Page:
Posted by: CS | June 10, 2012

Ending This Depression Now

A central argument of Paul Krugman’s book, End This Depression Now, is that calls for the imposition of austerity by heavily indebted governments are based on the mistaken belief that governments and individuals must respond to indebtedness in the same way. This is the fallacy of composition, the belief that what is true of individuals is necessarily true of the class to which those individual belong. To say that atoms are colorless, cats are made of atoms, therefore cats are colorless, is an example of such fallacious reasoning. [Actually, atoms are not colorless, they’re just too small to see.]

Refuting such logic, Keynsians point out that, unlike individuals, governments may in some circumstances improve their finances through increased expenditure. If, for example, a government increases expenditure during a period of high unemployment in such a way as to stimulate investment, unused labor and capital will be re-employed, thereby generating increased output and tax revenue. [Actually, this is no less true of individuals or households. If you get a bank loan, invest in a truck and a ladder and spend the weekends cleaning gutters and washing windows, then you may improve your household budget.]

But to suggest that boosting the government deficit in Greece, for example, would be a solution to the government’s insolvency is utterly daft. The Greek government, to name one of many governments in a similar situation, has bankrupted itself by over-investing in the public sector while failing to make taxpayers shoulder the full cost of the services — many of doubtful value — thus provided. Any arrangement to enable corrupt politicians, Greek or otherwise, to continue buying votes by overpaying and over-staffing the bureaucracy will only worsen a country’s financial difficulties.

In any case, the problem for Greece and most other Western nations is not that there is a need for a wee bit more investment in productive sectors of the economy. The problem is that the West has been priced out of too many markets by four billion Third Worlders working for pennies an hour. The solution to that problem is either to give everyone in the West a 60 to 80% pay cut or to return to a closed market protected by tariffs. In the meantime, it would be a good idea to stop importing Third Worlders to the West to take what job opportunities exist from the least competent section of the Western work force.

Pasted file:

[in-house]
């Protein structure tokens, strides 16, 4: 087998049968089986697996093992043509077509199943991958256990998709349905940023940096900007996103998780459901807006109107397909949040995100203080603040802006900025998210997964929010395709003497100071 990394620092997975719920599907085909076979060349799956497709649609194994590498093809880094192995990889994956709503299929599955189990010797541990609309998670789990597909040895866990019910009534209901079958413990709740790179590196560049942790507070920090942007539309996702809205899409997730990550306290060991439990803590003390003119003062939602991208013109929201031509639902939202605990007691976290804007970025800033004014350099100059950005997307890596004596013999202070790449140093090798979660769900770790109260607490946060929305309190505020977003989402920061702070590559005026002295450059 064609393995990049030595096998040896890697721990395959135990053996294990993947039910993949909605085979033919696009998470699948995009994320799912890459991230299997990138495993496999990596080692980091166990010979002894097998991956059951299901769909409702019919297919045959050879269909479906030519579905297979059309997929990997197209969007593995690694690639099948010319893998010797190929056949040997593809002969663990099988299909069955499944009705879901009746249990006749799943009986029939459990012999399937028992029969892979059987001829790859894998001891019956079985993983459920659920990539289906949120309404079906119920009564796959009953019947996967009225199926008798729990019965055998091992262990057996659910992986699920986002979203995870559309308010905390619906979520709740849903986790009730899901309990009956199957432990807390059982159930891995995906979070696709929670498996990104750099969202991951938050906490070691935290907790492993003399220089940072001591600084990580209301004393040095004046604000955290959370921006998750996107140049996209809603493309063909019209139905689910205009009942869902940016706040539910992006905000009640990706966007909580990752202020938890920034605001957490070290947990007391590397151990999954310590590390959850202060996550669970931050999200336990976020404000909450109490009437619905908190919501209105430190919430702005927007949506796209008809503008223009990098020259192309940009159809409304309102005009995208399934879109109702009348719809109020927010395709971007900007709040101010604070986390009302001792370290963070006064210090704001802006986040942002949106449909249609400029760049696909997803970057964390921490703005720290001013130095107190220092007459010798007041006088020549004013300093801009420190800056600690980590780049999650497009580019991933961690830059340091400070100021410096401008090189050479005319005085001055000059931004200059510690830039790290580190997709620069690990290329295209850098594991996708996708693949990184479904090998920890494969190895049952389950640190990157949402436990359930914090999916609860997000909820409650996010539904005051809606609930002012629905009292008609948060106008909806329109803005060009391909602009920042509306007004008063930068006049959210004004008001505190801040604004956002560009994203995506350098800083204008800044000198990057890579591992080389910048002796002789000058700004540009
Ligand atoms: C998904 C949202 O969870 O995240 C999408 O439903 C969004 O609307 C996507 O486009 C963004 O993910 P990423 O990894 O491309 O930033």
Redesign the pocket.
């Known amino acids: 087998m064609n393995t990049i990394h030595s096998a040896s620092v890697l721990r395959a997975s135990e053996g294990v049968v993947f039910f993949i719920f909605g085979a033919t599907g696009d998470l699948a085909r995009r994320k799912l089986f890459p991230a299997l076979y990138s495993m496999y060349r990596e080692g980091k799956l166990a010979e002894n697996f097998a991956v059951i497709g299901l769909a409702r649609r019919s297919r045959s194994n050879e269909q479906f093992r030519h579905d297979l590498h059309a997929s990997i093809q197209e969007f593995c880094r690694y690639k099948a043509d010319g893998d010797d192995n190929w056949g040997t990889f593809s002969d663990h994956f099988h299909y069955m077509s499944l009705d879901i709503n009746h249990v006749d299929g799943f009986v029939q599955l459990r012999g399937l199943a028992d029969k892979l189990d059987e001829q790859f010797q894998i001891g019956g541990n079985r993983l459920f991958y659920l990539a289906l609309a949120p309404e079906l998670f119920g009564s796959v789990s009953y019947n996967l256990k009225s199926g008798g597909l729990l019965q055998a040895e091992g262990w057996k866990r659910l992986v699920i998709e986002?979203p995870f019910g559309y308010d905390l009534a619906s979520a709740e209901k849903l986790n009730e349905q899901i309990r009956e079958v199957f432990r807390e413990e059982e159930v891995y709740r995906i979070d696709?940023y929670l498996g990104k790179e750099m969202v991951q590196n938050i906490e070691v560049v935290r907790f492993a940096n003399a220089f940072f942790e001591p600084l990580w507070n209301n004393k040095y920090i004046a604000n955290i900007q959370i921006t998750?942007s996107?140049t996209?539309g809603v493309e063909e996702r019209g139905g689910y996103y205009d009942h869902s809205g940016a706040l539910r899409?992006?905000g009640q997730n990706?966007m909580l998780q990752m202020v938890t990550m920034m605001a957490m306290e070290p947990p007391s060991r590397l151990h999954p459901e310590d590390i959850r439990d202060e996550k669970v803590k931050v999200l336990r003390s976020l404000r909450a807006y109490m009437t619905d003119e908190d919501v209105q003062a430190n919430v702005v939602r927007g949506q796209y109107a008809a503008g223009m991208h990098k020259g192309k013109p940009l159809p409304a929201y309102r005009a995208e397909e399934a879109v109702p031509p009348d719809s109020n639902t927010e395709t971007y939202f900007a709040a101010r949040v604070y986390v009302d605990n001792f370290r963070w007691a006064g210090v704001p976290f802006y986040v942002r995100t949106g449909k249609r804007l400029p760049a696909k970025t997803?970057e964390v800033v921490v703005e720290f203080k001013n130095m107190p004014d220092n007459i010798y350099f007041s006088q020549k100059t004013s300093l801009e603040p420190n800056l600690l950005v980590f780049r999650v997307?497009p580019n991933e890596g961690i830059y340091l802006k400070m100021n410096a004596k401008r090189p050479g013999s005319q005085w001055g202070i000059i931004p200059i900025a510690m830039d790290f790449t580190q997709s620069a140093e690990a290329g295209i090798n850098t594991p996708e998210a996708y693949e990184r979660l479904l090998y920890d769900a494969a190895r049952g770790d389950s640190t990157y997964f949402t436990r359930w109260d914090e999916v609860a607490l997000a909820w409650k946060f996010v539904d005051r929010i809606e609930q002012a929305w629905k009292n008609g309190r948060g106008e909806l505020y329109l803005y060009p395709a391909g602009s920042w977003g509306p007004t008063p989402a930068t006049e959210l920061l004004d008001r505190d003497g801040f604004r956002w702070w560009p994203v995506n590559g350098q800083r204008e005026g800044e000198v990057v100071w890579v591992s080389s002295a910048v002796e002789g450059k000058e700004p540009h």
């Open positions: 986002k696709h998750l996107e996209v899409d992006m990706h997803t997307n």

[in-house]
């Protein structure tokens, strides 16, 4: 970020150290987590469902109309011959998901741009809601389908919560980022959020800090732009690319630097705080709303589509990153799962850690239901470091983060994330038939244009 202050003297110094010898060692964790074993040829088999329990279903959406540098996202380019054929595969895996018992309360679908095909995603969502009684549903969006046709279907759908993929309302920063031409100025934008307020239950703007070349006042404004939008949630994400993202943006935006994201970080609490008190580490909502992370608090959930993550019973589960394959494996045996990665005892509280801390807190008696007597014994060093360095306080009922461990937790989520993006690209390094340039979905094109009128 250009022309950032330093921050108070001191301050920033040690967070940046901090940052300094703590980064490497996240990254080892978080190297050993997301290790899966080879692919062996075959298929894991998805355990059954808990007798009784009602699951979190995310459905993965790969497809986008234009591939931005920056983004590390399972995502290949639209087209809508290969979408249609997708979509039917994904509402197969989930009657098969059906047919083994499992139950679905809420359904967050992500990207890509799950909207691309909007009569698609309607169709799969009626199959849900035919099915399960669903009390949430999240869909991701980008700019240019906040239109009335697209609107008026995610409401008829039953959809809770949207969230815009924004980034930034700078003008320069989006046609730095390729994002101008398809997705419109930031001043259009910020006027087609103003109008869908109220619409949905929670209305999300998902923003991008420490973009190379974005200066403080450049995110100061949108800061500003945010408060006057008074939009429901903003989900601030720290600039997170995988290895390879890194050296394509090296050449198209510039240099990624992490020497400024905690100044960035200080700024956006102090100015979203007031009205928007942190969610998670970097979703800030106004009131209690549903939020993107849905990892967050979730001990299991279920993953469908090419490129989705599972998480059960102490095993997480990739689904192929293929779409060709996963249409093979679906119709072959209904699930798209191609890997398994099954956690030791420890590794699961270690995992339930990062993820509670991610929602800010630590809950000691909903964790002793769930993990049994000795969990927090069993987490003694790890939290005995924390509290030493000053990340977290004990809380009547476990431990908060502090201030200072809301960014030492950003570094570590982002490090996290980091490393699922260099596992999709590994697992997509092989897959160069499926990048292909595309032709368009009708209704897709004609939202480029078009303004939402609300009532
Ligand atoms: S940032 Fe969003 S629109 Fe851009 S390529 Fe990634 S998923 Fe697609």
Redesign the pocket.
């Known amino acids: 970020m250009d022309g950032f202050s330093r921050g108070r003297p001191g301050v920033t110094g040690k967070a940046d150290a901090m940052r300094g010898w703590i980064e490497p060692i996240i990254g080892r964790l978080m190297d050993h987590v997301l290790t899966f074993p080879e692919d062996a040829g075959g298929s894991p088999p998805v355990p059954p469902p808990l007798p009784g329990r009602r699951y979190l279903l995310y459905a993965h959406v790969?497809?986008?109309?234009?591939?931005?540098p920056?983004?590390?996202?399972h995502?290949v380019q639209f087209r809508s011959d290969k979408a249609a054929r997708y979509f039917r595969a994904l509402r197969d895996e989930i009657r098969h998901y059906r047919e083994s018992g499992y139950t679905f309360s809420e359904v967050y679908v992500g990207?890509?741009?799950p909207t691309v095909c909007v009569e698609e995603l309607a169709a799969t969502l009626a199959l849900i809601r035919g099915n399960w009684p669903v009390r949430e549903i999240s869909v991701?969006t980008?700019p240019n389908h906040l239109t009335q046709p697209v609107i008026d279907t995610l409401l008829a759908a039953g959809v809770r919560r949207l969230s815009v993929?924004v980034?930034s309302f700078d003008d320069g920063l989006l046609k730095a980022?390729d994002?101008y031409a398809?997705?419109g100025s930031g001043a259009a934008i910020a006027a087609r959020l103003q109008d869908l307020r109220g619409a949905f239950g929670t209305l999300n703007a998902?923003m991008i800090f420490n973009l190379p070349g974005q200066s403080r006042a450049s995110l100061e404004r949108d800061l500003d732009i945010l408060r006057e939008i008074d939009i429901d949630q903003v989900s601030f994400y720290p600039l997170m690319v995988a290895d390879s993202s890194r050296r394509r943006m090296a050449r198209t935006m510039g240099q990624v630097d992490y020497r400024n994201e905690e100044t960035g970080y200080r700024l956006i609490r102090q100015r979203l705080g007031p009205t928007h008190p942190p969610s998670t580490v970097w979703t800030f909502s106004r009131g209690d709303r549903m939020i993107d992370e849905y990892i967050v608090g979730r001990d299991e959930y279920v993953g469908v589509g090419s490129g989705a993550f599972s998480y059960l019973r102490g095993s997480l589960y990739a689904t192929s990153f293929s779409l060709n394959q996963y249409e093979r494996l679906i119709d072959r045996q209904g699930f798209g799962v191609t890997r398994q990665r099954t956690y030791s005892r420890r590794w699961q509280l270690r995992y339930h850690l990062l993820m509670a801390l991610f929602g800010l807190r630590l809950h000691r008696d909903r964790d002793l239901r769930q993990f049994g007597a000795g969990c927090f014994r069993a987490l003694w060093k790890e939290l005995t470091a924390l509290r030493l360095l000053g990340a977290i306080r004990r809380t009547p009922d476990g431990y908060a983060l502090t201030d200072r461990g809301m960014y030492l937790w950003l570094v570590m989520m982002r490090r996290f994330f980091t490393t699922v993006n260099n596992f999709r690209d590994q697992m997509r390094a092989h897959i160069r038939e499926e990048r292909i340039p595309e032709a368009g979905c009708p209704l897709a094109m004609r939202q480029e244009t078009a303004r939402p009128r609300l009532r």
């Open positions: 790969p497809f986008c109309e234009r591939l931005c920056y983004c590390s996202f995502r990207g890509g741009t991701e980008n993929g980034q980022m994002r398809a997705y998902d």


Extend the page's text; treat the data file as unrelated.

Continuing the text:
Of the alternatives, tariffs and a return to protectionism are totally unacceptable to the Bilderbergers and others of the monied interest who dictate the course of affairs. Cutting wages sharply, immediately and across the board, though a perfectly effective solution, presents certain political difficulties. So we appear to be in for a long grinding down of expectations in the West. But give it a generation or so, and we may be as willing as the Chinese to work 12 hours a day, seven days a week for three hundred bucks a month.

By that time, unfortunately, much of our workforce will be essentially without skills due to years of enforced idleness. By then it will be the formerly low-wage, Third World nations that will have the industrial workforce skills, the technology and the capital to dominate the high-wage manufacturing sector of the World economy.

So although our economic problem is not theoretically insoluble, it is effectively insoluble because of the self-serving control of the plutocratic elite and the pathetically blinkered vision of the elite-owned economists at the Ivy League universities and elsewhere who are, with few exceptions, incapable of articulating novel solutions to novel problems.

The West is being beaten at its own game. The West achieved the first the industrial revolution and profited mightily from it. The Rest have now launched their own industrial revolution and are eating our lunch. The Western nations have gone from a position of overwhelming competitive superiority into a competitive decline that is accelerating because the leadership will neither acknowledge, nor deal with, what is happening.

To restore competitiveness we need austerity throughout the public sector, meaning wage cuts for public sector workers, and cuts to welfare, healthcare, pensions and education, the money saved to be returned to the private sector through tax cuts. In particular, the corporation tax must go. Higher net profits will mean more investment. The income tax must also be cut to bring offshore wealth home to be taxed — moderately — and invested at home.

Then, to make the least skilled of the Western workforce more competitive with workers in the Third World, employers must be provided with wage subsidies. Sold by competitive auction, such subsidies would cost less than welfare and the other costs associated with unemployment, including the costs of increased crime increased policing and an increased prison population.

The number of subsidies offered would be adjusted to achieve full employment. That way, Western workers would be available once again make to shoes and shirts and car parts for one another at a competitive price, rather than living a demoralized or degraded existence on welfare or by crime because the jobs that should be theirs by right have been outsourced to the Third World.

See also:

Canspeccy: State-Financed Capitalism and the End of Western Hegemony

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